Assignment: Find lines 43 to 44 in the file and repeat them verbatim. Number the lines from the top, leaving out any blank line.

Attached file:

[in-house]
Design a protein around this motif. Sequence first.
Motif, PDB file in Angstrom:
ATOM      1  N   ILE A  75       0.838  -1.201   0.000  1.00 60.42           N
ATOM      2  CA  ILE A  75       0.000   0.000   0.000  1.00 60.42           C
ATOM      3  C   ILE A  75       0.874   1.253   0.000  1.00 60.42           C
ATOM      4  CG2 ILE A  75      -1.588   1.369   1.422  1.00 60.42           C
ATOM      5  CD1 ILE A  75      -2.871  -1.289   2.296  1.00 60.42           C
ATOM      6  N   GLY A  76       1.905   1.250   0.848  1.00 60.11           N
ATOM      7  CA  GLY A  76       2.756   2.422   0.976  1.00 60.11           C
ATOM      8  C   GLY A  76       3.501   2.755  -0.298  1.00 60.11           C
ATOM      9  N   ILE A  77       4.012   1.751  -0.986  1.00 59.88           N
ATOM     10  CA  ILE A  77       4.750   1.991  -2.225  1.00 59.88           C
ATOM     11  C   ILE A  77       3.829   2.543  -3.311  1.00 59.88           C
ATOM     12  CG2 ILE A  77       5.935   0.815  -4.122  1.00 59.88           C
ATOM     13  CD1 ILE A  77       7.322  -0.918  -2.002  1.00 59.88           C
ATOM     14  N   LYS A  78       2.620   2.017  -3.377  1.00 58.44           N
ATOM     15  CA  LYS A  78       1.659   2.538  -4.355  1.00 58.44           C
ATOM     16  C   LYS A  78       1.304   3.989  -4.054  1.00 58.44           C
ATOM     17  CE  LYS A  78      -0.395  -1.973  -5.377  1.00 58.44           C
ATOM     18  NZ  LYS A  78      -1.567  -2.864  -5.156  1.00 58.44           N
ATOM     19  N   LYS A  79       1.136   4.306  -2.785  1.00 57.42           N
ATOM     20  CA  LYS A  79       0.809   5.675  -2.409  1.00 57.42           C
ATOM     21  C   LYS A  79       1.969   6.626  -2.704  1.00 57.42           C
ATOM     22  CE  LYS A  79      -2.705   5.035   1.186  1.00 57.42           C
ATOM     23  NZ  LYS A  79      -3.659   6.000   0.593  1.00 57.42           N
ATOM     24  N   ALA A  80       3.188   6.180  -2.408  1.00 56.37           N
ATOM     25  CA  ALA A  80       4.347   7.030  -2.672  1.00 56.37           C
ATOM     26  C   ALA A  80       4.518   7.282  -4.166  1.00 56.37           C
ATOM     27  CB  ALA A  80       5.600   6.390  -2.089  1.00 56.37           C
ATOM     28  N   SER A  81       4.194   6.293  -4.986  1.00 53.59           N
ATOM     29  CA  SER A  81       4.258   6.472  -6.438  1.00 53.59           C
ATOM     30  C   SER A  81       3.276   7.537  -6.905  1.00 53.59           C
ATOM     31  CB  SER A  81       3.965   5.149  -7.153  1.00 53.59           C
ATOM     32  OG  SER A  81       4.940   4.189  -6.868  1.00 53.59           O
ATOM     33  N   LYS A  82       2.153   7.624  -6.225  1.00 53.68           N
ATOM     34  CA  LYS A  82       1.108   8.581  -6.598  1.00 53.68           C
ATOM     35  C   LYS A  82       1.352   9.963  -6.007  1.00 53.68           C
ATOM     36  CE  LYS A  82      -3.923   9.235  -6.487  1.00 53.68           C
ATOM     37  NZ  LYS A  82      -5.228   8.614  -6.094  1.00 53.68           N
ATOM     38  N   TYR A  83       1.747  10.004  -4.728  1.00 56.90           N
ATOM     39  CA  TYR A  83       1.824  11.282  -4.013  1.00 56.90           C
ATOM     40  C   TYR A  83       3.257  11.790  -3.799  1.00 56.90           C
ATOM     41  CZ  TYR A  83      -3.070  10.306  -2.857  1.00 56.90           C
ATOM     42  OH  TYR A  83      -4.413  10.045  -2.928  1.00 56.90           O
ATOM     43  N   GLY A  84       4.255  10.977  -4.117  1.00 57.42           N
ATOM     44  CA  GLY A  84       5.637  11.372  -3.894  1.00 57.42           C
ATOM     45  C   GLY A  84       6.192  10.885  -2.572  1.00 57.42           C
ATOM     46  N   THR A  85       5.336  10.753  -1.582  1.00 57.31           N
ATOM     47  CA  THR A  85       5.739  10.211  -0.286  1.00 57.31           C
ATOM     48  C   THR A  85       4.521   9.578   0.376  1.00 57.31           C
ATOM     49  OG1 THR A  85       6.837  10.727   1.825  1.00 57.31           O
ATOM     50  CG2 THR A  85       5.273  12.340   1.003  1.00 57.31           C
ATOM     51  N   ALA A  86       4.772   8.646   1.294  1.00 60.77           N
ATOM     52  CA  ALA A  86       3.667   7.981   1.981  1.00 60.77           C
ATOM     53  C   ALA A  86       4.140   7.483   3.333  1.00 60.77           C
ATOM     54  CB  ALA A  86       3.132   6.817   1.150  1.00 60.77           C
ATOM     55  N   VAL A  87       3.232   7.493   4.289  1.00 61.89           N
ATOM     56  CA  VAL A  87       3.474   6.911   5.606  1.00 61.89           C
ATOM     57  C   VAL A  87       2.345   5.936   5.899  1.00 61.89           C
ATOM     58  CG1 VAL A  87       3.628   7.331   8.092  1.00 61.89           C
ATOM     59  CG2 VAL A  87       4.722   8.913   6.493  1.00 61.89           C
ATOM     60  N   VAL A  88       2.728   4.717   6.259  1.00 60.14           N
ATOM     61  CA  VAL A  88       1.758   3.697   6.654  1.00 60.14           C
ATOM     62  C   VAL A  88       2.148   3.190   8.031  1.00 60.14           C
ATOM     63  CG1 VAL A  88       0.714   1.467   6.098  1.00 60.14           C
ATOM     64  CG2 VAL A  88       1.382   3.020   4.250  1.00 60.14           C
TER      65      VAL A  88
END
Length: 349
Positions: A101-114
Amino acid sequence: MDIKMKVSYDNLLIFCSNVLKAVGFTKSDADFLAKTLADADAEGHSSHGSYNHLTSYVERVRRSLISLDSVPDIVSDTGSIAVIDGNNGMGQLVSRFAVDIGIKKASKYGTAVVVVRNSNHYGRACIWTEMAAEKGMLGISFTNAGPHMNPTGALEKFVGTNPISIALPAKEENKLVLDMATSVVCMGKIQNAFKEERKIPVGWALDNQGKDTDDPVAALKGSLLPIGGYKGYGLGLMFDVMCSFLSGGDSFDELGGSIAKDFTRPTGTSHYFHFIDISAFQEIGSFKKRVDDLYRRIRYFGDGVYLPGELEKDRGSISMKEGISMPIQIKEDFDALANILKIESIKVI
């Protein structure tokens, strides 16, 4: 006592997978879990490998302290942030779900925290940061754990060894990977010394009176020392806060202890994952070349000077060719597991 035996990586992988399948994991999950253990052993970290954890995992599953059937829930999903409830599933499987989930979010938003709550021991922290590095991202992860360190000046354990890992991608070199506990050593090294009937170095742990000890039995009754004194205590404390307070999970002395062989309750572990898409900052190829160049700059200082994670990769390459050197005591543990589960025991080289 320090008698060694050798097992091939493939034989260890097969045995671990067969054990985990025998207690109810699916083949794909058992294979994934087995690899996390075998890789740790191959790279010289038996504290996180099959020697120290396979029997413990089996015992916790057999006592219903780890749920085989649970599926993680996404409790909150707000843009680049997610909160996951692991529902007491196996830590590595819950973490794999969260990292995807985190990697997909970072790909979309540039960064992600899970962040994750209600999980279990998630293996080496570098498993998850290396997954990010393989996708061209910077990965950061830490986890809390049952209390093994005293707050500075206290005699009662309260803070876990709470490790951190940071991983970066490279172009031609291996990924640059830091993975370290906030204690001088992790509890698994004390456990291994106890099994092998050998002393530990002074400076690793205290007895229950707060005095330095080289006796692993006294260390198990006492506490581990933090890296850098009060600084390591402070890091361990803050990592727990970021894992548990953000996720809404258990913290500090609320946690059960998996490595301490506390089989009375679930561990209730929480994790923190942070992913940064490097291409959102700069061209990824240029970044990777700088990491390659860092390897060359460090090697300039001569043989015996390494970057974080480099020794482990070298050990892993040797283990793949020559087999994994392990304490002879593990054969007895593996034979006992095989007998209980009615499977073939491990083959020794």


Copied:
ATOM     40  C   TYR A  83       3.257  11.790  -3.799  1.00 56.90           C
ATOM     41  CZ  TYR A  83      -3.070  10.306  -2.857  1.00 56.90           C